- Cracked engine block
It is cheaper to get a new car than to repair a cracked engine block, as it is almost impossible to repair.
Coolant can leak through the cracks when faulty and escape as white smoke from the engine bay.
- Damaged cylinder heads
The cylinder head is situated at the top of the engine block to form the combustion chamber. If it becomes wrapped from overheating, it may result in your engine misfiring.
In cases where they are faulty, Because the heads have to fit perfectly with connecting parts, you’ll typically have to replace cylinders rather than repair them.
2. Black exhaust smoke
It is usual for cars to pump out black smoke from the exhaust when the engine starts up; however, you don’t have anything to worry about if these disperse quickly. But if not, it may depict that your car is having any of the listed problems.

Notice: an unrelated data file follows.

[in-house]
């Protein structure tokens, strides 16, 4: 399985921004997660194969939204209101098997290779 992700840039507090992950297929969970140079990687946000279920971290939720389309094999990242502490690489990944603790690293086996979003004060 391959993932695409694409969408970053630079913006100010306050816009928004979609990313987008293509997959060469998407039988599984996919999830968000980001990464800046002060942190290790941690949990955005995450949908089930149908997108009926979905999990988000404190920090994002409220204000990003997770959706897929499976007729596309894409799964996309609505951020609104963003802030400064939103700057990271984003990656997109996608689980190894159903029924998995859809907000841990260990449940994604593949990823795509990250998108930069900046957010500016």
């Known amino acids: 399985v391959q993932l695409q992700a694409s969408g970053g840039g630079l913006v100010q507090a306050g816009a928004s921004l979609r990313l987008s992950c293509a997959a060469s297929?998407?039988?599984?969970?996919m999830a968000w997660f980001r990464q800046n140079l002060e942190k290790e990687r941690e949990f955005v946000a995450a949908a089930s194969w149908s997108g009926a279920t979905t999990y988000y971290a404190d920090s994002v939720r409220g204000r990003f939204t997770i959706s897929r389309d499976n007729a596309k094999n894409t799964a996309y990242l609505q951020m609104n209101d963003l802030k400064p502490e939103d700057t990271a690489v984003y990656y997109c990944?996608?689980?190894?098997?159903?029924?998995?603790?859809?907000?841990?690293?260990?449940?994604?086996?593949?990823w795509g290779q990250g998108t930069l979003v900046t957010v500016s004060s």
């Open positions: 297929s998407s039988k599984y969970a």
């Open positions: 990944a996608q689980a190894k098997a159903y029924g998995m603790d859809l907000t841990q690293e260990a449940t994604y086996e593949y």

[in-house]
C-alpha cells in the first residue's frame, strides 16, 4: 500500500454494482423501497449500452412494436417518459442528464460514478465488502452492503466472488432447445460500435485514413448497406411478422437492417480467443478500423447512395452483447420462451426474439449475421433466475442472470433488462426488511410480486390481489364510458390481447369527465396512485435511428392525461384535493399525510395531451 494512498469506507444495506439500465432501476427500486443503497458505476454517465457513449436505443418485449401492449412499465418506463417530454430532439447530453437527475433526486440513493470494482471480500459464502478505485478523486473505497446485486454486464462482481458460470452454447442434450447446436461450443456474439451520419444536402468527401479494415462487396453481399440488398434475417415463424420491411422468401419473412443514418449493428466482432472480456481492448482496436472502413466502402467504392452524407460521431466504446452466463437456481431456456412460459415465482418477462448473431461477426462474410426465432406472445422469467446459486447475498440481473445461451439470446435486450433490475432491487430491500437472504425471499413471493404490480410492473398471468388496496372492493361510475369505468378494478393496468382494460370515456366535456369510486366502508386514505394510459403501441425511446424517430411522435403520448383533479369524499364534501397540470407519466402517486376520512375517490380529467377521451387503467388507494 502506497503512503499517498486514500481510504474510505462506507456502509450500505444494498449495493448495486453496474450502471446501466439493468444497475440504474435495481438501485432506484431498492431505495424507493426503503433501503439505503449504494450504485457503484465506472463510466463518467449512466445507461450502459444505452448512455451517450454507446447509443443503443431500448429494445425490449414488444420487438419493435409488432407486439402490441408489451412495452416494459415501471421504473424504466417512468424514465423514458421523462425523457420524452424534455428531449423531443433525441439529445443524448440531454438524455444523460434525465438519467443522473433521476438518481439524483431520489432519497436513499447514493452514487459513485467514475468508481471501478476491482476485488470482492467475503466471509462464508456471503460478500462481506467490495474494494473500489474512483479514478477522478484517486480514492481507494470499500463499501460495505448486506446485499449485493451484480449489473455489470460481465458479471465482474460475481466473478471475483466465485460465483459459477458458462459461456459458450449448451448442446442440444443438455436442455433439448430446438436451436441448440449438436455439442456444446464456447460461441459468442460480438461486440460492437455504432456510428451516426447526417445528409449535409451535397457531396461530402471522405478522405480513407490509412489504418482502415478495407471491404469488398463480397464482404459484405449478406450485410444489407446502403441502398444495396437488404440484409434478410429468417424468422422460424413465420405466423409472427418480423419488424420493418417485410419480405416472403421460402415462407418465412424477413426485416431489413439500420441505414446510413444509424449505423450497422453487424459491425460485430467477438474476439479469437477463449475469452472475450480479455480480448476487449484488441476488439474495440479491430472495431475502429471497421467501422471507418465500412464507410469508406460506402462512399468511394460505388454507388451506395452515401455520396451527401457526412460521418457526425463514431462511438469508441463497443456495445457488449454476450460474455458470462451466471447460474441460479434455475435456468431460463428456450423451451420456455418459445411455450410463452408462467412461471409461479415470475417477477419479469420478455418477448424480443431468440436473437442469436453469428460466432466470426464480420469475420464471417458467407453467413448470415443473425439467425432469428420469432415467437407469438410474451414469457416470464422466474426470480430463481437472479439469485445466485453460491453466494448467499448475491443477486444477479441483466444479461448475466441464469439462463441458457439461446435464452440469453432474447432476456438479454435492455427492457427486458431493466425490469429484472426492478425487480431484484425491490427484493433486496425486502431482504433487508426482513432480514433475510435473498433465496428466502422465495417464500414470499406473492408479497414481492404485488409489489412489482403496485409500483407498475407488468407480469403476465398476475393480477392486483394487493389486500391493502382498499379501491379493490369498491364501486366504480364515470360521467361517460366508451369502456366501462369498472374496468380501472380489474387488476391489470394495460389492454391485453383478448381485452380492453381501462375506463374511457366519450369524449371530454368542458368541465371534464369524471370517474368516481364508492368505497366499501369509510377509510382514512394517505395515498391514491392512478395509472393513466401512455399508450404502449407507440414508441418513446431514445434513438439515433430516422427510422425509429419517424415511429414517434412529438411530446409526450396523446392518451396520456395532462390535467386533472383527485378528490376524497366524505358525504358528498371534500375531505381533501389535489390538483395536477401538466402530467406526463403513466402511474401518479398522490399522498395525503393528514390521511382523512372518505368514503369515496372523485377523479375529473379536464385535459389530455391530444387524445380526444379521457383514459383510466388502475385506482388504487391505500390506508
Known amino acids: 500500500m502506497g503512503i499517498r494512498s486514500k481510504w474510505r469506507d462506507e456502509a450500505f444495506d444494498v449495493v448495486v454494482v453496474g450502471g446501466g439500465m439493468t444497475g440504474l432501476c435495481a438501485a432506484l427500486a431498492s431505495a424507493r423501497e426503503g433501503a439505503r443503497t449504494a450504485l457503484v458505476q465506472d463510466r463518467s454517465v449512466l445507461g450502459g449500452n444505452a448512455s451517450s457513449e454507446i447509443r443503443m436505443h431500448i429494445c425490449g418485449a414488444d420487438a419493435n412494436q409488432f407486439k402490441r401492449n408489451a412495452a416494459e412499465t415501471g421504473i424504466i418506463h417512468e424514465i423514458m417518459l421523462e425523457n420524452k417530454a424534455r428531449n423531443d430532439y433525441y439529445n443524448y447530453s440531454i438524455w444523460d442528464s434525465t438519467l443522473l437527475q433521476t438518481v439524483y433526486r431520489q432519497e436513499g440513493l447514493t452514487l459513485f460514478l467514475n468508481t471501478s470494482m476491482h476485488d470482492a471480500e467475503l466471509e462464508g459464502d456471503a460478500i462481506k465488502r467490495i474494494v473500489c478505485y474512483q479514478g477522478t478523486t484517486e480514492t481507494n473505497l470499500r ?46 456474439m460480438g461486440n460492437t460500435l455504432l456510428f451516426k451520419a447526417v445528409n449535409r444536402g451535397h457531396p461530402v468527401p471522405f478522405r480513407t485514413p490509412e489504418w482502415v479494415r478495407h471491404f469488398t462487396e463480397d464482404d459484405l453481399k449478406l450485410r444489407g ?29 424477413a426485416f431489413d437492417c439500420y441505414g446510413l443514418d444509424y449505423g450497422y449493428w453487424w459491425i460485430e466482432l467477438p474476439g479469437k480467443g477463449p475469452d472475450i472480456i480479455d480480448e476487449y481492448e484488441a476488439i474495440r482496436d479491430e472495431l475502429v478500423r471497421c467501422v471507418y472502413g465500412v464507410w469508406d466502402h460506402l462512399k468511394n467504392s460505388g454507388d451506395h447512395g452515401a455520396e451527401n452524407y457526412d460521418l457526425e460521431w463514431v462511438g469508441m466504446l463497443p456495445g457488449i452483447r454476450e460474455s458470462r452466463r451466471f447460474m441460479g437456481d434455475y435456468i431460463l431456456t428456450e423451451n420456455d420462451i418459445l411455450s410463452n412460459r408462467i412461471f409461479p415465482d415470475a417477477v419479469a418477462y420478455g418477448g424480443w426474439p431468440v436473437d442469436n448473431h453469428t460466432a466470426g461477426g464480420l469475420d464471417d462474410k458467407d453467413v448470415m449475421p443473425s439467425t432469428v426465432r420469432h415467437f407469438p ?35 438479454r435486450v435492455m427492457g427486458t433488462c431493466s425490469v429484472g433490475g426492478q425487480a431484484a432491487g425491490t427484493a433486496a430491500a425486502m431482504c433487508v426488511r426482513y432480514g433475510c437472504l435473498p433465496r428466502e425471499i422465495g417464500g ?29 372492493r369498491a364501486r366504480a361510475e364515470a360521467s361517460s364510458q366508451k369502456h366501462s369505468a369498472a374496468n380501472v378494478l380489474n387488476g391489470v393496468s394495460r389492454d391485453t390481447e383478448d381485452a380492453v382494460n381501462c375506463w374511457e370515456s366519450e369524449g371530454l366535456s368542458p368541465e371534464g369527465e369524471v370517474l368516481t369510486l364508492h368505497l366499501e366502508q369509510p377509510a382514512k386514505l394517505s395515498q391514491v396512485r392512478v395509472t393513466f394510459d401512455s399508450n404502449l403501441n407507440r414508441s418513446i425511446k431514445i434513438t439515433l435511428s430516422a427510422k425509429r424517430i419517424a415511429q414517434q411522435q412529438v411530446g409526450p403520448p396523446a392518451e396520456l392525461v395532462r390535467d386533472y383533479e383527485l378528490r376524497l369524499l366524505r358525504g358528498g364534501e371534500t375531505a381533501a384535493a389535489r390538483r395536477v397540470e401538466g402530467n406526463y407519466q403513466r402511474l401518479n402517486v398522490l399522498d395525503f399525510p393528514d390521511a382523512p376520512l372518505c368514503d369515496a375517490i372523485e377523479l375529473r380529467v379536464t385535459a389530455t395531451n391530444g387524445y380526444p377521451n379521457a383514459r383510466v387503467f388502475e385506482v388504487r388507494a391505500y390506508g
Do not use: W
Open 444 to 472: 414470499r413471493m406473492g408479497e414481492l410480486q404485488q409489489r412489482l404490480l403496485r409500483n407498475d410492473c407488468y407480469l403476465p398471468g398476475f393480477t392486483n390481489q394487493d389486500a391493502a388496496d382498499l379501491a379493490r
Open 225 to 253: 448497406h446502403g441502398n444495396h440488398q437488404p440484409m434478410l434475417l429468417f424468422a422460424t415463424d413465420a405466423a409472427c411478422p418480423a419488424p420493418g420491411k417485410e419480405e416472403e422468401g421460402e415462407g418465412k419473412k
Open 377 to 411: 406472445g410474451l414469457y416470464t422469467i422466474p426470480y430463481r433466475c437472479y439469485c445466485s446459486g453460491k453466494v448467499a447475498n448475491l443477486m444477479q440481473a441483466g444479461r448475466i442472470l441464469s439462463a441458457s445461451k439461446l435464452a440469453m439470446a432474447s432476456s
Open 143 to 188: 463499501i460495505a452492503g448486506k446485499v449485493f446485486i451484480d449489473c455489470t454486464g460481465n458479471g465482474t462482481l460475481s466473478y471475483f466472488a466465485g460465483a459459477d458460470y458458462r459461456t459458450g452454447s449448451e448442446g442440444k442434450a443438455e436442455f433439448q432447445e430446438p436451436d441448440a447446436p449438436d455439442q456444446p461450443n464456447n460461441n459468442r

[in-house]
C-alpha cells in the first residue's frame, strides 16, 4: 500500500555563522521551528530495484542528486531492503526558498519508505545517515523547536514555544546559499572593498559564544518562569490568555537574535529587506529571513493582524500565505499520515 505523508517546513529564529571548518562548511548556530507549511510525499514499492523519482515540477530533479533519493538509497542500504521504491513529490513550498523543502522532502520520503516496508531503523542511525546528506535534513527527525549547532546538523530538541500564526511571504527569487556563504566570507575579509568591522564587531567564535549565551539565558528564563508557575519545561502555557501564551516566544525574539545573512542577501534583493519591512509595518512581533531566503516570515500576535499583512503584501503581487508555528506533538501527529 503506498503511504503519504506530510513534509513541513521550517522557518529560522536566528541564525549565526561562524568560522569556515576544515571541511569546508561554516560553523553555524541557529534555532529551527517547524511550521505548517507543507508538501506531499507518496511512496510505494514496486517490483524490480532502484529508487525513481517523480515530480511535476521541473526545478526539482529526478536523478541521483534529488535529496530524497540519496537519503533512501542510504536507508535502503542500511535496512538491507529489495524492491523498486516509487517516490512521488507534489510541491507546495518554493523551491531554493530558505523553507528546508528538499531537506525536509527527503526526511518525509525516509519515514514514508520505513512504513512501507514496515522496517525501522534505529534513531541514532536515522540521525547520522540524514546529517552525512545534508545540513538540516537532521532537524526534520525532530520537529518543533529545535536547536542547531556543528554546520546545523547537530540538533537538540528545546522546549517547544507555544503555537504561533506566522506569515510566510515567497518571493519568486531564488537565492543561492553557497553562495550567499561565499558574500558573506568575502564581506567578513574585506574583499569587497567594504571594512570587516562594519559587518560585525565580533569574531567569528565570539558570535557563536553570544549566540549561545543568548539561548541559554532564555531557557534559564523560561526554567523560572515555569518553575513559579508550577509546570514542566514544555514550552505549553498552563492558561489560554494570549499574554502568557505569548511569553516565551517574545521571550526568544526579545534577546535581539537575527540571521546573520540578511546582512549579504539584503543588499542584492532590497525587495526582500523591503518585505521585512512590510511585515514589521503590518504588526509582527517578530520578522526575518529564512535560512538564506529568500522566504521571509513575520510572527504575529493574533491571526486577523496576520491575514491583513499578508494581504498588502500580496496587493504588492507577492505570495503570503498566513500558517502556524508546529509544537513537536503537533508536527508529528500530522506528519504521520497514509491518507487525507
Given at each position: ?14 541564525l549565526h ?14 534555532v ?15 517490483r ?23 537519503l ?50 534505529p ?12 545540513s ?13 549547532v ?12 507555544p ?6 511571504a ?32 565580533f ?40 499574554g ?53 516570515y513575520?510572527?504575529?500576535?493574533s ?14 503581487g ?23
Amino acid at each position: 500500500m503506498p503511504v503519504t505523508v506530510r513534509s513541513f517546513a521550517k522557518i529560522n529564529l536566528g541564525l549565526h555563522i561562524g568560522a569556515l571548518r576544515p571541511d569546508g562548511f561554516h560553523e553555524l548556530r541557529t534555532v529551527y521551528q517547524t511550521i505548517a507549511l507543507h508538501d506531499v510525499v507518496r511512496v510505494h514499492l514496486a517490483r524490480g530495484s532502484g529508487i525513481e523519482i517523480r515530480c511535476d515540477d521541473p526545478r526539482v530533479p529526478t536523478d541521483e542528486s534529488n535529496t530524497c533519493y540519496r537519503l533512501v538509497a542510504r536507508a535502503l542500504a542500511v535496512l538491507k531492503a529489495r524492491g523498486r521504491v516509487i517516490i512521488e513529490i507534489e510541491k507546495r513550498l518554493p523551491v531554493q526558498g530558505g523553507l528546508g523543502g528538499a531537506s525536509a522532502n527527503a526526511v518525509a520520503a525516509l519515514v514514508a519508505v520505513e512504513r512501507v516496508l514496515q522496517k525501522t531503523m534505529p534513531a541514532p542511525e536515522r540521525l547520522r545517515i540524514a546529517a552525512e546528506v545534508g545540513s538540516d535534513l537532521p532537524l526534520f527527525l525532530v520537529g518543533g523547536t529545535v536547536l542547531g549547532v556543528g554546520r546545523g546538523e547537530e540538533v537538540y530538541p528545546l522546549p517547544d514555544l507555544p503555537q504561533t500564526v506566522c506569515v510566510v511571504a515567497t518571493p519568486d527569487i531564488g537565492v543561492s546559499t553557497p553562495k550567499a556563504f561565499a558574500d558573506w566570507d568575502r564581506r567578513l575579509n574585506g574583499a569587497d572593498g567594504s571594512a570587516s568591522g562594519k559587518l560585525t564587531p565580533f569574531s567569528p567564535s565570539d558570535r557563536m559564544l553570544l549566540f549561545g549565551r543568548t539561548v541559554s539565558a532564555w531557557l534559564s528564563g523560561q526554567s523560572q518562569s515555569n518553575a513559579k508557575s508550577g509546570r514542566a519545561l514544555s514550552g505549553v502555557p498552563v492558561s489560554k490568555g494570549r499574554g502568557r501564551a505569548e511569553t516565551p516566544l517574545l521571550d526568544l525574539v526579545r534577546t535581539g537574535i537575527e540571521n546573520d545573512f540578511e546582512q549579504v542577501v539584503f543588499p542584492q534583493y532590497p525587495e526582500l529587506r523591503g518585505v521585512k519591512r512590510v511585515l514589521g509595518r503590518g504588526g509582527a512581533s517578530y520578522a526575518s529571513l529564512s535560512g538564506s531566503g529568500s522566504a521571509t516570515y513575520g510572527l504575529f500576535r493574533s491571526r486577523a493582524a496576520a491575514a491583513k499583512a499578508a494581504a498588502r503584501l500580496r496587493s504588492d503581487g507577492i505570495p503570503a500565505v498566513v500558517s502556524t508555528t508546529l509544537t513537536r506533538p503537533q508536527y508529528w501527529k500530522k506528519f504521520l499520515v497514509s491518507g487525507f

- Faulty pressure regulator
A faulty pressure regulator can lead to the persistent removal of black smoke from your exhaust. Primarily, this device is used to maintain pressure in the fuel system. When it is faulty, it can increase pressure in the car’s design, significantly affecting its fuel economy. So, these excess fuels burn as black smoke.
- Clogged air filter
The air filter in the car functions as a preventive mechanism against allowing unwanted debris inside your car’s engine. However, when the filter is clogged, this unwanted debris can enter the engine, burn together with fuel, and escape black smoke.
- Faulty fuel injector
Fuel injectors help to regulate the amount of fuel that enters the combustion chamber. However, when it is faulty, you will be experiencing shakings in your car if your engine is idle. If the fuel that enters the combustion chamber is excess, it pumps out as black smoke through the exhaust.
3. Blue exhaust smoke
Blue exhaust smoke is a clear indicator that your engine is burning excess oil. The fluid can leak into the combustion chamber, where it is burned along with fuel.